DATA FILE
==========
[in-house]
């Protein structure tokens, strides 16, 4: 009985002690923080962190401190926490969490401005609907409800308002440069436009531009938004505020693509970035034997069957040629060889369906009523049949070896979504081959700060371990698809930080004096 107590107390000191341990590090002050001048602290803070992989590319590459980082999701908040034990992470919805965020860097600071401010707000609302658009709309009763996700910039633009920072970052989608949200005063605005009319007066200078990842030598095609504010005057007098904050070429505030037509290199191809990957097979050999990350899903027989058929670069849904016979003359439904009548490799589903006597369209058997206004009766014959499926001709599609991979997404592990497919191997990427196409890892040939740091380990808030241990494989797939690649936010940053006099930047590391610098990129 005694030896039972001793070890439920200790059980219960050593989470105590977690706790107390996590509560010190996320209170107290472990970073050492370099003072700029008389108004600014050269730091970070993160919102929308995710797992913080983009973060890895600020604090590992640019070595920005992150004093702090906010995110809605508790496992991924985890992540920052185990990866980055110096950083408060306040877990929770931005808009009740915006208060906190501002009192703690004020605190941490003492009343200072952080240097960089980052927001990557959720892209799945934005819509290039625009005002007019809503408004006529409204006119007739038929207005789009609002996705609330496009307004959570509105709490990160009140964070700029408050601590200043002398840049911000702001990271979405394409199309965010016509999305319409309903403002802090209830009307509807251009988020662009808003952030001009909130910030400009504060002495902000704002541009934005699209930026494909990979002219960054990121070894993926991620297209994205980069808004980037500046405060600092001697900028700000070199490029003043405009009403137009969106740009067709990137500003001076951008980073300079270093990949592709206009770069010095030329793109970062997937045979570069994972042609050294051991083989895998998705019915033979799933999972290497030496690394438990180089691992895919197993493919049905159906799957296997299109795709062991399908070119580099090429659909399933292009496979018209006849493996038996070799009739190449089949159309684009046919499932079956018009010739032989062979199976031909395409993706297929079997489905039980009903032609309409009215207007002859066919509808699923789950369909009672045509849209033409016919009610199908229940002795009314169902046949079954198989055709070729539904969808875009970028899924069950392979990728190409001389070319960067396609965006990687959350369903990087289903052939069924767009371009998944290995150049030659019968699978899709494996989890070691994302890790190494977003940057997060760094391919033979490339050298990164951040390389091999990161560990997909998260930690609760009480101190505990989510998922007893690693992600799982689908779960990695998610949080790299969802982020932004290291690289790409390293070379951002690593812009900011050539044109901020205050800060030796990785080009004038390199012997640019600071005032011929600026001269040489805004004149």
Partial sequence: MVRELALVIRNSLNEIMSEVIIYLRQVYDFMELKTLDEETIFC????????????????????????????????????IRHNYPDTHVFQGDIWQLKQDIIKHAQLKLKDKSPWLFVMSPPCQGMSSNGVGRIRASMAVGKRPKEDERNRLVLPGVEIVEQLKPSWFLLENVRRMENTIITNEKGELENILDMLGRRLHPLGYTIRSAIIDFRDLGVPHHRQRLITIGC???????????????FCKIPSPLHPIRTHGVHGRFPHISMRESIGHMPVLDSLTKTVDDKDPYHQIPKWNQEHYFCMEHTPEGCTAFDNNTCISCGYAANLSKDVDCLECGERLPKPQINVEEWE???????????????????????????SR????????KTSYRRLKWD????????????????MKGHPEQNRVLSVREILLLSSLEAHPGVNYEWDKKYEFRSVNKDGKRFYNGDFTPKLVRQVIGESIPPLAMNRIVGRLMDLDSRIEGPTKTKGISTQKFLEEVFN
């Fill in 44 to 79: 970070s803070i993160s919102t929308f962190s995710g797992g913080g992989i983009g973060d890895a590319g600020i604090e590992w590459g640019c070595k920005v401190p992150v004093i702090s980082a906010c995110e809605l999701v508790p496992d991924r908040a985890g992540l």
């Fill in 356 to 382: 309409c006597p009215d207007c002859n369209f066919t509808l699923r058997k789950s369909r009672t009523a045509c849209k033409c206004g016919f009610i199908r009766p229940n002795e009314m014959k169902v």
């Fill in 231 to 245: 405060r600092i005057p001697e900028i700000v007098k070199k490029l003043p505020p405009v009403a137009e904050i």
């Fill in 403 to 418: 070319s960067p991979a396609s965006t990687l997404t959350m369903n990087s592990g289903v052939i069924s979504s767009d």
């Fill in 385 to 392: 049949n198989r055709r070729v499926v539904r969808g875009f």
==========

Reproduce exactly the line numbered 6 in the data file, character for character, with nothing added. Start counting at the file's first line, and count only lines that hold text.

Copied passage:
């Fill in 231 to 245: 405060r600092i005057p001697e900028i700000v007098k070199k490029l003043p505020p405009v009403a137009e904050i």